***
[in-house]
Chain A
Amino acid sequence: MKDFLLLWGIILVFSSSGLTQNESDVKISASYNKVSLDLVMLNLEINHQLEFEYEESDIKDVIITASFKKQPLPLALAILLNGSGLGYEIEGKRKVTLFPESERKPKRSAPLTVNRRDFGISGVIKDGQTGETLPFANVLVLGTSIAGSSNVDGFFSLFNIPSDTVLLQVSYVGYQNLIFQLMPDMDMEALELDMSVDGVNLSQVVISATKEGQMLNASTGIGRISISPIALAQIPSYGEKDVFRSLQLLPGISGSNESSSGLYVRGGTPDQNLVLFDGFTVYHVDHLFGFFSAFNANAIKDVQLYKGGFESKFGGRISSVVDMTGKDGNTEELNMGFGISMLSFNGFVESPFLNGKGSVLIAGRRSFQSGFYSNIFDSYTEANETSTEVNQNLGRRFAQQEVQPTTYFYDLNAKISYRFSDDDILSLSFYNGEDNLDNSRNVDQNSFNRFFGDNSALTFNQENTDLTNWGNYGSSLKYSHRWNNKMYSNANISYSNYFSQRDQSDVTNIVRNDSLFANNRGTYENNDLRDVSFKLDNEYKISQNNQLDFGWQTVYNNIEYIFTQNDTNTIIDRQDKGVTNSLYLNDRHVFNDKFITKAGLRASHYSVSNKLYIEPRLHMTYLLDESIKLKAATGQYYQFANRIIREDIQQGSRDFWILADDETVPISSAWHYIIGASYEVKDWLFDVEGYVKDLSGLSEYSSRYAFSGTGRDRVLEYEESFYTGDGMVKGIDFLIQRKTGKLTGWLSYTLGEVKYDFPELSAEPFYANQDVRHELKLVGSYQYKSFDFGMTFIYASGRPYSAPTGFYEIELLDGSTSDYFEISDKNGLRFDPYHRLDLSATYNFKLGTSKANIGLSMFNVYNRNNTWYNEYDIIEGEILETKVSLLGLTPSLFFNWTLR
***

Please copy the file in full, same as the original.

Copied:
[in-house]
Chain A
Amino acid sequence: MKDFLLLWGIILVFSSSGLTQNESDVKISASYNKVSLDLVMLNLEINHQLEFEYEESDIKDVIITASFKKQPLPLALAILLNGSGLGYEIEGKRKVTLFPESERKPKRSAPLTVNRRDFGISGVIKDGQTGETLPFANVLVLGTSIAGSSNVDGFFSLFNIPSDTVLLQVSYVGYQNLIFQLMPDMDMEALELDMSVDGVNLSQVVISATKEGQMLNASTGIGRISISPIALAQIPSYGEKDVFRSLQLLPGISGSNESSSGLYVRGGTPDQNLVLFDGFTVYHVDHLFGFFSAFNANAIKDVQLYKGGFESKFGGRISSVVDMTGKDGNTEELNMGFGISMLSFNGFVESPFLNGKGSVLIAGRRSFQSGFYSNIFDSYTEANETSTEVNQNLGRRFAQQEVQPTTYFYDLNAKISYRFSDDDILSLSFYNGEDNLDNSRNVDQNSFNRFFGDNSALTFNQENTDLTNWGNYGSSLKYSHRWNNKMYSNANISYSNYFSQRDQSDVTNIVRNDSLFANNRGTYENNDLRDVSFKLDNEYKISQNNQLDFGWQTVYNNIEYIFTQNDTNTIIDRQDKGVTNSLYLNDRHVFNDKFITKAGLRASHYSVSNKLYIEPRLHMTYLLDESIKLKAATGQYYQFANRIIREDIQQGSRDFWILADDETVPISSAWHYIIGASYEVKDWLFDVEGYVKDLSGLSEYSSRYAFSGTGRDRVLEYEESFYTGDGMVKGIDFLIQRKTGKLTGWLSYTLGEVKYDFPELSAEPFYANQDVRHELKLVGSYQYKSFDFGMTFIYASGRPYSAPTGFYEIELLDGSTSDYFEISDKNGLRFDPYHRLDLSATYNFKLGTSKANIGLSMFNVYNRNNTWYNEYDIIEGEILETKVSLLGLTPSLFFNWTLR